The following editorial originally appeared in The Seattle Times:
Many things are needed to sustain local news outlets in Washington.
That includes extending and expanding a business and occupation tax break the Legislature created to save jobs in the essential local news industry.
This is straightforward, relatively low cost and has strong public support, as evidenced by public comments last week in Olympia and earlier hearings.
Legislators should get this done, by approving a timely proposal by Washington Attorney General Bob Ferguson, state Sen. Mark Mullet and state Rep. Gerry Pollet. In Senate Bill 5199 and House Bill 1206, they propose exempting publishers from the tax until 2035 and expanding this break to digital-only news sites.
“Newspapers are vital to a healthy democracy and we have seen too many close and lay off employees,” Pollet said in a joint announcement. “We can and should do everything we can to help preserve newsrooms across the state.”
The state provided a B&O tax preference to publishers starting in 2009. Publishers now pay 0.35 percent of gross receipts, instead of 0.484 percent, saving the industry about $400,000 this year.
Expanding this preference was expected to cost around $1 million a year. A preliminary fiscal note suggested it could be more than double that amount. This should be clarified soon to continue the strong, bipartisan support for this important measure.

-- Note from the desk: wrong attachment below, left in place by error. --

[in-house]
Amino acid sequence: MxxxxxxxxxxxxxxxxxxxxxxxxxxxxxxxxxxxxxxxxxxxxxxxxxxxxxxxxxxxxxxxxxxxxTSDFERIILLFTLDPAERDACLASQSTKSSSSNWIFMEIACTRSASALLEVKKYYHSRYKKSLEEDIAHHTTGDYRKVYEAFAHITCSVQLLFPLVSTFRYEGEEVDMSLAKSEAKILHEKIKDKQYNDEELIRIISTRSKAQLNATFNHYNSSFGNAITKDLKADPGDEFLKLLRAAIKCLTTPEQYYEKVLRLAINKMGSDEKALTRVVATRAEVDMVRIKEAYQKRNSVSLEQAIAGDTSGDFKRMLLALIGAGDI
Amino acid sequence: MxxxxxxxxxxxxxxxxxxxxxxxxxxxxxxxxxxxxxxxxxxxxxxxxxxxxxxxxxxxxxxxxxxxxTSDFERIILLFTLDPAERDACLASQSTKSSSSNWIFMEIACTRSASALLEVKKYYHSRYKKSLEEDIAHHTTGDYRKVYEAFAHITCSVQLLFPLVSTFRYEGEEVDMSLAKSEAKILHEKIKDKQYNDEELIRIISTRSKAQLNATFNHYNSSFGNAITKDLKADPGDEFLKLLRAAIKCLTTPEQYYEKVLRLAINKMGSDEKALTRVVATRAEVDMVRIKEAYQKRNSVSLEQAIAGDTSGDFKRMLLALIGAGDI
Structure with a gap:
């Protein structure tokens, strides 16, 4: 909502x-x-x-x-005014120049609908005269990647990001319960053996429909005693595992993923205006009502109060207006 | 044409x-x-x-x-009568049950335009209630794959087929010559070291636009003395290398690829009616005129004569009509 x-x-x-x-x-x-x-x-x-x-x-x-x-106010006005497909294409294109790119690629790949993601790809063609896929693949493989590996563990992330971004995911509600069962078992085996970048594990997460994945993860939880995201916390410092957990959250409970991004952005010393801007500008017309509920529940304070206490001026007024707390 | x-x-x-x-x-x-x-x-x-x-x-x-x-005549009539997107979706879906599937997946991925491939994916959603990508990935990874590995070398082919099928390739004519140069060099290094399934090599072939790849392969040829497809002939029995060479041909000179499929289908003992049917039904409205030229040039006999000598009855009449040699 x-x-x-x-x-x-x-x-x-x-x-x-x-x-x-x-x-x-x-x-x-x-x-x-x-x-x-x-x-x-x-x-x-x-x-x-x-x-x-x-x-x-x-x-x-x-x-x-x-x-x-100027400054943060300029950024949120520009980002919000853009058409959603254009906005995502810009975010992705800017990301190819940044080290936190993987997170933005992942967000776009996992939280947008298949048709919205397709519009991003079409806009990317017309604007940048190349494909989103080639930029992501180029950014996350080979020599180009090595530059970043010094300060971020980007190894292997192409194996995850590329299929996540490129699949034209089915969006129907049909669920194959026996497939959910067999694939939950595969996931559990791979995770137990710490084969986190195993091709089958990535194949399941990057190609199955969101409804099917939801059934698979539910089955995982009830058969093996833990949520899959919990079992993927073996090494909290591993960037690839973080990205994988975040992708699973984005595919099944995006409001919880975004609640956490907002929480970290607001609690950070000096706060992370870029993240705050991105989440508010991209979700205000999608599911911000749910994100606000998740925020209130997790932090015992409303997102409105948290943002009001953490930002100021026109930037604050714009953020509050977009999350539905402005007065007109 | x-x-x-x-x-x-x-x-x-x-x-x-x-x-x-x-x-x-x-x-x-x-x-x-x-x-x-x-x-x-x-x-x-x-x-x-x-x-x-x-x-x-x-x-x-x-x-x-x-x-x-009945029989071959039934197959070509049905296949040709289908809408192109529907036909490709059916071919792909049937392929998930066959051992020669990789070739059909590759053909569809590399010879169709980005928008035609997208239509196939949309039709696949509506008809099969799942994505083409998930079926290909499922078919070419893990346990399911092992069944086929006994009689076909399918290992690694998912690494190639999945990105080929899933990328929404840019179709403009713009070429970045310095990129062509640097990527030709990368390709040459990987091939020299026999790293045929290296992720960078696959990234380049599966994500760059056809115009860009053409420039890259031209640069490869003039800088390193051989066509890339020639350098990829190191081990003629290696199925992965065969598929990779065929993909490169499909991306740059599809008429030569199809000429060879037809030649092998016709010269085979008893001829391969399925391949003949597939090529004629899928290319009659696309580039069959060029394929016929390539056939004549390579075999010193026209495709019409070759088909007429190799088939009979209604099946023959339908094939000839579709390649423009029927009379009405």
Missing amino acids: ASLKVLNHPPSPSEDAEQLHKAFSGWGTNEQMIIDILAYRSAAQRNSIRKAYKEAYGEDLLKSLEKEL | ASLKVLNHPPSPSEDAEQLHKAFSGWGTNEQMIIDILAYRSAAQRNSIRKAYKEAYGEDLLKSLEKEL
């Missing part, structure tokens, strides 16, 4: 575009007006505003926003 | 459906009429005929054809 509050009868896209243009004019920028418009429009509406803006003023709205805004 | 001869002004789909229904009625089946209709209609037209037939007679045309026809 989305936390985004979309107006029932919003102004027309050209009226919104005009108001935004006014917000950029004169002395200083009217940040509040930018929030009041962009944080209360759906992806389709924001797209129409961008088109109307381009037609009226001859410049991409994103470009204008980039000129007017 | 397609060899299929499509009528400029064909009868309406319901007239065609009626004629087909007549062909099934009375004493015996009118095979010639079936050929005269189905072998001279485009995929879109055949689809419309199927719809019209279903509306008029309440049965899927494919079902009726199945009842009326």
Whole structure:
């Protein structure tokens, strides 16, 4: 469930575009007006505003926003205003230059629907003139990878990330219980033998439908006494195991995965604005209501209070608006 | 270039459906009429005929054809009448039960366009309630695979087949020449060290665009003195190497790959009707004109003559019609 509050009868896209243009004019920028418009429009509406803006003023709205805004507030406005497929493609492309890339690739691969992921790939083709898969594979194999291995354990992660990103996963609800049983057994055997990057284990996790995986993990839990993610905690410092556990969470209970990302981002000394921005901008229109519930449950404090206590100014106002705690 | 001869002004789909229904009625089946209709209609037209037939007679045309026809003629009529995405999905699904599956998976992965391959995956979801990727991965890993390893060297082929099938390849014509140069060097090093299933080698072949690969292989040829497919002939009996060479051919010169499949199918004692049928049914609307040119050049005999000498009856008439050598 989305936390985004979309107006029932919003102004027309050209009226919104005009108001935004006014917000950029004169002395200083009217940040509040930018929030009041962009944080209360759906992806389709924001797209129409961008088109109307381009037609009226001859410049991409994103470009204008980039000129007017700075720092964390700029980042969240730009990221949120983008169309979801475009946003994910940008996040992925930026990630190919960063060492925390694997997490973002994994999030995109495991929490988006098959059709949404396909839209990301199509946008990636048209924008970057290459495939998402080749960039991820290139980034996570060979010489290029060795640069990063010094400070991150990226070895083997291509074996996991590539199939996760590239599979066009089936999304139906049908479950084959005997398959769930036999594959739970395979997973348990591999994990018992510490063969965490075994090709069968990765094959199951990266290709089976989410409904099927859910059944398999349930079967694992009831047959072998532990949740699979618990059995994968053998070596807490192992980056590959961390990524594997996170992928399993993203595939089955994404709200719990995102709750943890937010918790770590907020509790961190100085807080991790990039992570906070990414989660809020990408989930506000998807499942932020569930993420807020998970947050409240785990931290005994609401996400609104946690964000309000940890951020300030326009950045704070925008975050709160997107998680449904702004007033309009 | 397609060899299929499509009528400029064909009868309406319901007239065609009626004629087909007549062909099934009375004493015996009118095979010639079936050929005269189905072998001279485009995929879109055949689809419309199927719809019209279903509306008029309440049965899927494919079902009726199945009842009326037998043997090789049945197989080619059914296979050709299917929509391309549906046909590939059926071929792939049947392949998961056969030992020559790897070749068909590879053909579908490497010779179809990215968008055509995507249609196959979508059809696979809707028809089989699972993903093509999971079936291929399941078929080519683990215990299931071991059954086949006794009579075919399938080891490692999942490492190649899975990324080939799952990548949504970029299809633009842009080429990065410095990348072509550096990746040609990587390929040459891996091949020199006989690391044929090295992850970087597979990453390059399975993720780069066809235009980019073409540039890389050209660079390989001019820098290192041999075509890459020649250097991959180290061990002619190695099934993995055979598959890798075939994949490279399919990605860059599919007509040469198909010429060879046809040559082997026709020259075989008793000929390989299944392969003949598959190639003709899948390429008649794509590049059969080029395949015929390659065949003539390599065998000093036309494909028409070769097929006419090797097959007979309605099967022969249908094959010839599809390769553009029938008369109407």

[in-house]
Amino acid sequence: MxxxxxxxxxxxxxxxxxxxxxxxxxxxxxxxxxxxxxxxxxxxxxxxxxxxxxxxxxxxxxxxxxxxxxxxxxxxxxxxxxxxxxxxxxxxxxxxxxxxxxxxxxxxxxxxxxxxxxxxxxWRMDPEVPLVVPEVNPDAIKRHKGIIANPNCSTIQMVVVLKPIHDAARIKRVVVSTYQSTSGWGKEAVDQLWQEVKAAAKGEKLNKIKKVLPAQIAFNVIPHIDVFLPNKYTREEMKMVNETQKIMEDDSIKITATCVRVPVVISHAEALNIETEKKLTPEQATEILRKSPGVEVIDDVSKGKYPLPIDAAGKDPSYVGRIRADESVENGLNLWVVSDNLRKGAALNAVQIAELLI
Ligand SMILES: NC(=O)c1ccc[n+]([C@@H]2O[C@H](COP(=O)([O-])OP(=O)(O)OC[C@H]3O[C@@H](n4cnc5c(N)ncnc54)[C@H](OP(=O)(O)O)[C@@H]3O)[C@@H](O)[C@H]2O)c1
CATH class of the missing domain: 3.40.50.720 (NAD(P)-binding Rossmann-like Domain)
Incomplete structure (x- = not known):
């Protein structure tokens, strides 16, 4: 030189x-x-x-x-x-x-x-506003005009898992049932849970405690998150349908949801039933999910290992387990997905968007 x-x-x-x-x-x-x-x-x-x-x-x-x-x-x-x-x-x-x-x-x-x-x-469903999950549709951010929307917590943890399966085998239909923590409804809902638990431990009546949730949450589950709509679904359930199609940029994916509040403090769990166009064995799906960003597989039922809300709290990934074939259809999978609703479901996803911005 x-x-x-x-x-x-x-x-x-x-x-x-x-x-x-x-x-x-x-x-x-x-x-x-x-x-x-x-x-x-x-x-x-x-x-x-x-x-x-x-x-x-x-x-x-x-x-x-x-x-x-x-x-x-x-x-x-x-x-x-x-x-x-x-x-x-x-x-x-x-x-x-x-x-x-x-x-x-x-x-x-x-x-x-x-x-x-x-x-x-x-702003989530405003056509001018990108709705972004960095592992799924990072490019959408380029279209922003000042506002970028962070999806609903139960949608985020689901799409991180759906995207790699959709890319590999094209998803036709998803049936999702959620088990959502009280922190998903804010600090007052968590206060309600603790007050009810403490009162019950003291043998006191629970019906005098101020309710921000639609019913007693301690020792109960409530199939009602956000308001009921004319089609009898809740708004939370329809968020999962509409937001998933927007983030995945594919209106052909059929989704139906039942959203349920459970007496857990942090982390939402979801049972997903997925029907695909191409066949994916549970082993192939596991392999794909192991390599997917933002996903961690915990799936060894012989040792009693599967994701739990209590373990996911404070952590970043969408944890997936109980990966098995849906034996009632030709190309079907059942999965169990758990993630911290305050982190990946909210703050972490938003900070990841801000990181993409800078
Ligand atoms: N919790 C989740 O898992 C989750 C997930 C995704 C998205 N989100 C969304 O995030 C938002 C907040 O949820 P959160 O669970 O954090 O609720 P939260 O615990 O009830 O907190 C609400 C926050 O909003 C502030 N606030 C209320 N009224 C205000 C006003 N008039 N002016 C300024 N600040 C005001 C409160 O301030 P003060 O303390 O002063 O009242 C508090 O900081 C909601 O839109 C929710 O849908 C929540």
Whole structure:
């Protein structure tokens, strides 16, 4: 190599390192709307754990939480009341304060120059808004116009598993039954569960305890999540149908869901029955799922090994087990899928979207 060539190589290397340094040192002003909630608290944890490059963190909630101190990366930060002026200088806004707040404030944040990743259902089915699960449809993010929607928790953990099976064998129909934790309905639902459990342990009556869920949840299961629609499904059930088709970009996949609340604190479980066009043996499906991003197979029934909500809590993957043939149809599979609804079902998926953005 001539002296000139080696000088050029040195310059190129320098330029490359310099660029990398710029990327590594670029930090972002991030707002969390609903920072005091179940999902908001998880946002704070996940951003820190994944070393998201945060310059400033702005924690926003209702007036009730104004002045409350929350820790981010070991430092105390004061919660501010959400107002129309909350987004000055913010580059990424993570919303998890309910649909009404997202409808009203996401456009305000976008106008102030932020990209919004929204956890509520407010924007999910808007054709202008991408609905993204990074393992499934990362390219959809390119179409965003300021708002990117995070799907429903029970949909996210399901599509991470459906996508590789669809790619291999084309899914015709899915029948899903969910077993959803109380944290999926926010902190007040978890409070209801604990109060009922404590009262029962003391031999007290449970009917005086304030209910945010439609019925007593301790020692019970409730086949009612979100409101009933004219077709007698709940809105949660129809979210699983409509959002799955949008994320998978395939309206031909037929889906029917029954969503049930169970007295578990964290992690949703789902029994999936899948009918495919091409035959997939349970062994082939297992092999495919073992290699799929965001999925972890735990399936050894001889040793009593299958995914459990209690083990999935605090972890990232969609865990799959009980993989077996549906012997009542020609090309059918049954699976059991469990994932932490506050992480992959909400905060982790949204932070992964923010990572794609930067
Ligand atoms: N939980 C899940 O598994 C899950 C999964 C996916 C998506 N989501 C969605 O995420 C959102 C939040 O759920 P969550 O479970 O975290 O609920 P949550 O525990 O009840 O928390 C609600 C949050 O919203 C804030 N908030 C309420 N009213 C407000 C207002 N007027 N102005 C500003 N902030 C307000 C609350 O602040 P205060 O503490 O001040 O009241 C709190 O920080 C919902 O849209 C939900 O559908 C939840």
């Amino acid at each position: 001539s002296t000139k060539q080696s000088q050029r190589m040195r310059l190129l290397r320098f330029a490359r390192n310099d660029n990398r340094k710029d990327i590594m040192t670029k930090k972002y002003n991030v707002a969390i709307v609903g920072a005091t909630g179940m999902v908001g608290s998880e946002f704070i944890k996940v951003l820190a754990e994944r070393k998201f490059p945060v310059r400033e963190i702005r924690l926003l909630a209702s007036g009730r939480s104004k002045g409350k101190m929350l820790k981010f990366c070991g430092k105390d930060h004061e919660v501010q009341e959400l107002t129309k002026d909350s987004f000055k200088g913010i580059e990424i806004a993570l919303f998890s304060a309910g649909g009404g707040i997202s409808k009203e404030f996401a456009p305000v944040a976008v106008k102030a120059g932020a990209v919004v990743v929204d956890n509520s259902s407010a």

Regardless, this remains a relatively small break, one of hundreds of state tax preferences worth tens of billions of dollars. Yet it’s expiring next year, just as the local news industry braces for possible further layoffs and cutbacks.
If legislators don’t extend the preference, they will be effectively raising taxes on publishers at a life-or-death moment for their business, Mullet noted last week during the bill’s first Senate hearing.
“We’re in a time of transition,” Scott Hunter, publisher of The Star newspaper in Grand Coulee, testified. “It doesn’t make sense to impose a tax on an industry that is struggling, is essential, and it needs to transition.”
Hunter is the only reporter left at his paper, serving about 5,000 residents in five towns, and he’s not taking a salary. He testified before covering the Elmer City town council, after covering the Coulee Dam town council the night before.
“Every dollar matters. The B&O tax exemption is important for that reason,” Methow Valley News Publisher Don Nelson said. “But I think, more importantly, it benefits our readers and therefore your constituents. They rely on our papers for a lot of reasons, mostly for community connections.”
As of 2020, the state was providing 748 tax exemptions that saved taxpayers an estimated $35 billion, according to a Department of Revenue report.
While publishers account for a small fraction of this program, their tax preference is needed to sustain the service they provide to state residents.